The craft of cooking
TEXT: JULIËN L’ORTYE | PHOTOS © BISTRO ZUIDLANDE
You do not need more than five minutes with Arend Nieboer, owner of Bistro Zuidlande, to learn that he is not your average chef. While talking to him, you hear him discuss “respecting the seasons” and “using products from the region” constantly – and you will learn that he thoroughly abides these rules.
“There is nothing special about what I am doing, you know,” he begins. What comes next is a long, interesting and sometimes critical monologue about how the craft of cooking has changed over the years. “Nowadays, most dishes do not even look like they are edible. Chefs give all their attention to the appearance of their food and forget to think about the taste.” That is exactly what Nieboer is rebelling against with his own restaurant, which he started little more than two years ago.
Nieboer decided to switch from “wasteful” à la carte menus to three, four or fivecourse menus, which he describes as a blessing. Not in the least because he is doing everything on his own, which can be quite a task when the place is packed – especially during the weekends. “Imagine when you have a table with four guests and they all order a different starter, main course and dessert. That does not only mean that you have a lot of work, but at the end of the day, it results in having to throw away a lot of unused products.”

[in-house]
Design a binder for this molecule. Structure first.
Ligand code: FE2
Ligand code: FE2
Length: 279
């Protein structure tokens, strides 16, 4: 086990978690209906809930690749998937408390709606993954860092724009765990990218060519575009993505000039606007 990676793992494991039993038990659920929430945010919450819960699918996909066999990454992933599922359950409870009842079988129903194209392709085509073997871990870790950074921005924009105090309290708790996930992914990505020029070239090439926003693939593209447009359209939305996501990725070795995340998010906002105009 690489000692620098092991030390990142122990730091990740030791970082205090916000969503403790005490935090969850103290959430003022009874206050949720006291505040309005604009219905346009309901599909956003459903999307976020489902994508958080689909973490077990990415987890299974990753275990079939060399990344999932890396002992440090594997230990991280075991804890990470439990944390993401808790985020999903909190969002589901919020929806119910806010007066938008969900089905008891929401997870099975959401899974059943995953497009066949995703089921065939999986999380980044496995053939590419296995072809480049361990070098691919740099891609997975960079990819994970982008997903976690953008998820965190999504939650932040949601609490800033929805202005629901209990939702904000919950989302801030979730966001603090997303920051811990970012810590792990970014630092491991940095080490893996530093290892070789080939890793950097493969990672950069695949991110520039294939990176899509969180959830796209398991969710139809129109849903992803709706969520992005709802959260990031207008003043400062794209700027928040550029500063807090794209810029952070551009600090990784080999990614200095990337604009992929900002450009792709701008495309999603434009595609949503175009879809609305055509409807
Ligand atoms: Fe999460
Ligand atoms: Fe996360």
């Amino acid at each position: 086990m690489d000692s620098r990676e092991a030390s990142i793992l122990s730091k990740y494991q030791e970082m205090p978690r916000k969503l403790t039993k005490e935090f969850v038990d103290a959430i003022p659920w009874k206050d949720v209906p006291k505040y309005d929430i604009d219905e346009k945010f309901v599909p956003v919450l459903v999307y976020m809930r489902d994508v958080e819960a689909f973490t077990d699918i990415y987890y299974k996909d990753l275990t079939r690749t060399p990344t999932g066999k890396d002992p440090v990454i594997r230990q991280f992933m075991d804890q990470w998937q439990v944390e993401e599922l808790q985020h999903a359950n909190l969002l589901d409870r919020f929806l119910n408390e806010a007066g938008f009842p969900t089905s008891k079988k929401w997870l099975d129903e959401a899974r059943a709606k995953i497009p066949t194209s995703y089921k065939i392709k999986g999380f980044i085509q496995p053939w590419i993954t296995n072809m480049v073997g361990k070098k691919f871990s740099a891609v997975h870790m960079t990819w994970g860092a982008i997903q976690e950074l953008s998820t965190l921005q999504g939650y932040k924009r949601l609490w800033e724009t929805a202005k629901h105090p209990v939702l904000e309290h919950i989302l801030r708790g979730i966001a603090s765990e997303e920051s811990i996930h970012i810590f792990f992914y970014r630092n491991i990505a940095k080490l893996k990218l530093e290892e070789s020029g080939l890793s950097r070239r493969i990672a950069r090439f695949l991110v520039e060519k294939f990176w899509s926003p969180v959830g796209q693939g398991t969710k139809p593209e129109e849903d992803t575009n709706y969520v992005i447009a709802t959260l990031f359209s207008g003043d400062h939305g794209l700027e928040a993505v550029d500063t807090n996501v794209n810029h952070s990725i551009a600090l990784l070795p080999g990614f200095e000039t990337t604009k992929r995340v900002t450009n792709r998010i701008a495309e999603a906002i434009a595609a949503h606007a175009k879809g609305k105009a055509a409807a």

According to Nieboer, who has over 40 years of experience and has spent many years as a chef in starred restaurants in France, the main approach to cooking is using healthy, fair products that people are familiar with. “A healthy balance with seasonal products has never been very trendy, but that is exactly how it is supposed to be.” Together with his right-hand Bobby Dest, who does an amazing job of making sure their guests have a carefree and enjoyable evening, he serves weekly changing dishes. For example, a risotto of crustaceans as a starter, followed by grilled tuna with ratatouille and a vinaigrette of Kalamata olives, finished off with French cheese and fig compote.
If an evening of no-nonsense cooking and being spoiled to the brim sounds delightful to you, visiting Bistro Zuidlande is a must.
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